Me personally, I see why that style always seems to win, as it's very visually pleasing (when done well), unlike milonguero style which is pleasing on a different level, the connection (again, when done well).
  7. JohnEm

    JohnEm Well-Known Member

    It's not hard at all - the question is do we need to?

    Jan has touched on it quite well already. Many dancers in BA had individual styles,
    after all you'd never mistake Tete for Ricardo Vidort. Miguel Balbi is more subtle
    but I surprised myself watching a video filmed of milongueros in a milonga
    that I picked out Miguel Balbi so he too has a distinctive style. But they are
    all personal and their own.

    Surely you get Amir's point? Teachers tend to teach their own way of doing things.
    As an aside I'd pick Simon & Nicole in modern jive for the same trait.
    Jan seems to be saying that so many teachers have adopted the Villa Urquiza name
    and are teaching it similarly that that is now a recognised style. And, because
    it has more of a visual emphasis, it is what is winning competitions.

    I consider it a strange emaciated tango, lacking in the other senses,
    slightly uncomfortable with a sort of half embrace. But maybe it is
    a result of the age, of today's culture and worldwide communication.

    The dynamic now is very different to the circumstances in which Tango evolved
    and developed. Regrettably perhaps, now teachers and commercial interests
    seem to be style makers rather than the individual social dancers within the confines
    of BA. And because teachers travel widely teaching large classes of people,
    some of whom become teachers themselves, VU seems to be winning.

    Tango has attracted dancers from other genres and they bring their possibly
    regrettable influences. Amir is a case in point.

    So as a teacher, what is it you teach? Will there be a DB style?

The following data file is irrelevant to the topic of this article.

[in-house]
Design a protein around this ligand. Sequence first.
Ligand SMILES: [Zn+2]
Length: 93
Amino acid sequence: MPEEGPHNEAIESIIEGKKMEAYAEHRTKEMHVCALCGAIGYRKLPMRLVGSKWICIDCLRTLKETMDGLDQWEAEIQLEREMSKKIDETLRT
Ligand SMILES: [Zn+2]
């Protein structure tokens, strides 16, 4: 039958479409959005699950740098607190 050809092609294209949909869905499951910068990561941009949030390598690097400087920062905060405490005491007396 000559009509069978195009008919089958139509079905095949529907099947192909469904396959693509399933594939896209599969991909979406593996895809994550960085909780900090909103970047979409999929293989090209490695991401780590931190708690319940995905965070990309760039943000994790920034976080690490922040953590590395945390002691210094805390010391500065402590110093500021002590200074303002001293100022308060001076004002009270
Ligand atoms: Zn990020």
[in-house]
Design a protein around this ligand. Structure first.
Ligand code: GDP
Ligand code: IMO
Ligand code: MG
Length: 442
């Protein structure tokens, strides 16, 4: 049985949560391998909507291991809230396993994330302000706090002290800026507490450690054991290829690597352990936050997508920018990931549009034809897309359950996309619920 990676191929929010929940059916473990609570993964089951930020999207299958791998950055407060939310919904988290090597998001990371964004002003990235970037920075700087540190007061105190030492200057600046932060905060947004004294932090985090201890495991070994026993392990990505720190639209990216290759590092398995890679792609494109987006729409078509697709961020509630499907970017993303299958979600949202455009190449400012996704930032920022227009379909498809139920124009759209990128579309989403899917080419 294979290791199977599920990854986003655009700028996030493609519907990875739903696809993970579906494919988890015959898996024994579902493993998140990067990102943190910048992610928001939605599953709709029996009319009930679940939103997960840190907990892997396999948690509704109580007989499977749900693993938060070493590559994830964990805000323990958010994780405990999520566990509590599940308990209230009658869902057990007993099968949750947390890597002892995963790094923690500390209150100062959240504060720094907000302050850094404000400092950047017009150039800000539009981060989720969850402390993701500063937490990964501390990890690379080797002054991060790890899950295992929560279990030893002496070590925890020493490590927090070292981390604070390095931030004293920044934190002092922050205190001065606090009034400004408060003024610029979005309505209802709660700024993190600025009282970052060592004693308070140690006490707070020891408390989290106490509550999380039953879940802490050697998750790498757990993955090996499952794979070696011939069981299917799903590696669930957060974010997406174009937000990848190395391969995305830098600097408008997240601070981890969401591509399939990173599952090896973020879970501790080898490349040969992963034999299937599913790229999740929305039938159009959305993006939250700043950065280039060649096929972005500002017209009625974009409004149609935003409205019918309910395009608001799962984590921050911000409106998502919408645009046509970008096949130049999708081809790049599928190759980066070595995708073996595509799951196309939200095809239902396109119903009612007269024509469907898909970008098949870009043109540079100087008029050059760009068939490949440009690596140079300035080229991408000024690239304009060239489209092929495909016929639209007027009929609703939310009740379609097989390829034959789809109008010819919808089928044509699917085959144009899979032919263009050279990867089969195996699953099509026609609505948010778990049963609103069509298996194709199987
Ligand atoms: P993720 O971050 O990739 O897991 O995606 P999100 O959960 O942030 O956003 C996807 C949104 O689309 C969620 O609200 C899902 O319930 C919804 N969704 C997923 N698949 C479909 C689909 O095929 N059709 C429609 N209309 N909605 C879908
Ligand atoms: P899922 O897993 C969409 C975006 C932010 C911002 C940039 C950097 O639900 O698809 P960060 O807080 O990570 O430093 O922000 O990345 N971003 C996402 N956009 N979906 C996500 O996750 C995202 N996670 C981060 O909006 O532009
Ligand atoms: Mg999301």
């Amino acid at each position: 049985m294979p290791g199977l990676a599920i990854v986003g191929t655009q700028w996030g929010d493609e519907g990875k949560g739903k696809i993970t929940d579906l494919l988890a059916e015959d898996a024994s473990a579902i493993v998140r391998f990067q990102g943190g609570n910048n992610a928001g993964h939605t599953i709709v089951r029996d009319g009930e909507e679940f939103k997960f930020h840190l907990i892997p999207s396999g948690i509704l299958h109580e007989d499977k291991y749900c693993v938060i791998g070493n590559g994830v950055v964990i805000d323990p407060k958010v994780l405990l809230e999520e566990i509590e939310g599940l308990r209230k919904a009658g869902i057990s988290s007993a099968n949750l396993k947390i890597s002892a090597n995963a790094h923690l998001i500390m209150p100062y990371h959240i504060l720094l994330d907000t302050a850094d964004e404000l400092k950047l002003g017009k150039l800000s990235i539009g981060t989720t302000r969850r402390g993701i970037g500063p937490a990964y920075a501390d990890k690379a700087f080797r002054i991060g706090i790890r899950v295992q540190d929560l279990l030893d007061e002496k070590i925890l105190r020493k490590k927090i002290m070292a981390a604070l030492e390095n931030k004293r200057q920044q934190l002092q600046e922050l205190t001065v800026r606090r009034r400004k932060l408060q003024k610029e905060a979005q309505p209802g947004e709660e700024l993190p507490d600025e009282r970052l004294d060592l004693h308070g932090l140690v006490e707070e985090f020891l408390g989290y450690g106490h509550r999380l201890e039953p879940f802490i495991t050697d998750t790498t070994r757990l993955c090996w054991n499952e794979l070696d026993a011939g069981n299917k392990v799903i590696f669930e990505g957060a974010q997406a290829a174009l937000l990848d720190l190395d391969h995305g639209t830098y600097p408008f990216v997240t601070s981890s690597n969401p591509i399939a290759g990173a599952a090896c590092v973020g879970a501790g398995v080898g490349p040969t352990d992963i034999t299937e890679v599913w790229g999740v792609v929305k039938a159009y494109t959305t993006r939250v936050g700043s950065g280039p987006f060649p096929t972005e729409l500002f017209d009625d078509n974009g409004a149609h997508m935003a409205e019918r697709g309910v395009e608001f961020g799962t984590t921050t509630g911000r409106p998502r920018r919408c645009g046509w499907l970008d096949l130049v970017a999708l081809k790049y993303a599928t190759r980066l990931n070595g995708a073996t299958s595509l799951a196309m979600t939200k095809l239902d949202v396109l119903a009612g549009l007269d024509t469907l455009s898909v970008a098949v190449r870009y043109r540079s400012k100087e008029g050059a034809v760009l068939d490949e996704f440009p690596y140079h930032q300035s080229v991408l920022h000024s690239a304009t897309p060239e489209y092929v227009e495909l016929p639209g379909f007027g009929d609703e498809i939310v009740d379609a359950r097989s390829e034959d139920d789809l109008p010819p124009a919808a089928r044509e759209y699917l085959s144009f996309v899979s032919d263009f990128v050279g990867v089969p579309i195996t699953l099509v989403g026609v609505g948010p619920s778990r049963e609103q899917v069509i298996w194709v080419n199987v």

Nor do I. But I do care when a lady has learned some close variant
    of VU and therefore doesn't really embrace because that matters.

    Well I disagree with your split actually but it's not that that is important.

    Styles affect compatibility and that matters a lot. Tango is a close, very personal,
    partner dance with the result affected by both partners. Right now what seems
    to be being taught, and therefore inevitably learned, is a sort of cut down, anaesthetised
    tango. If that's what you're happy with that's your choice, but it isn't mine.
  8. opendoor

    opendoor Well-Known Member

    Honestly, have you ever seen dancers proclaiming to dance VU and dancing the same way? May be it´s only kind of a reverence to their teachers, or kind of a figurehead to have learned on Mount Olympus of TA?
  9. JohnEm

    JohnEm Well-Known Member

    And your point is?

    Of course they don't dance with VU written on their foreheads!
    But there seems to be a lot of dancers dancing in that trademark way
    shown in the videos earlier in this thread which is why we are here.

    You helped make mine though, or rather jantango's.
    Yes, they do what teacher teaches.
  10. opendoor

    opendoor Well-Known Member

    Re: dance forms

    Remember, I saw the fly flaps ;) when I raised this subject ..

    Anyway for me the most important thing when asking someone to dance is, may she fluently switch between parrallel and V hold, open, close, and deep embrace.
  11. opendoor

    opendoor Well-Known Member

    ...to take the VU question easy. They behave like an aristrocracy. My main teacher is a chileno who learned with Orlando Paiva (sr). AND, really, can any one else represent VU style better than Orlando Paiva? BUT, Orlando Paiva did not dance VU (though he was highly respected there), because he was born in Rosario. They only conceded, Orlando dances a very elegant Salón style...
  12. Dave Bailey

    Dave Bailey New Member

    Me too.

    I also agree with her that there's a possibly-unfortunate tendency for some people to create too many categories of styles and attempt to artificially-enforce this categorisation.
  13. Dave Bailey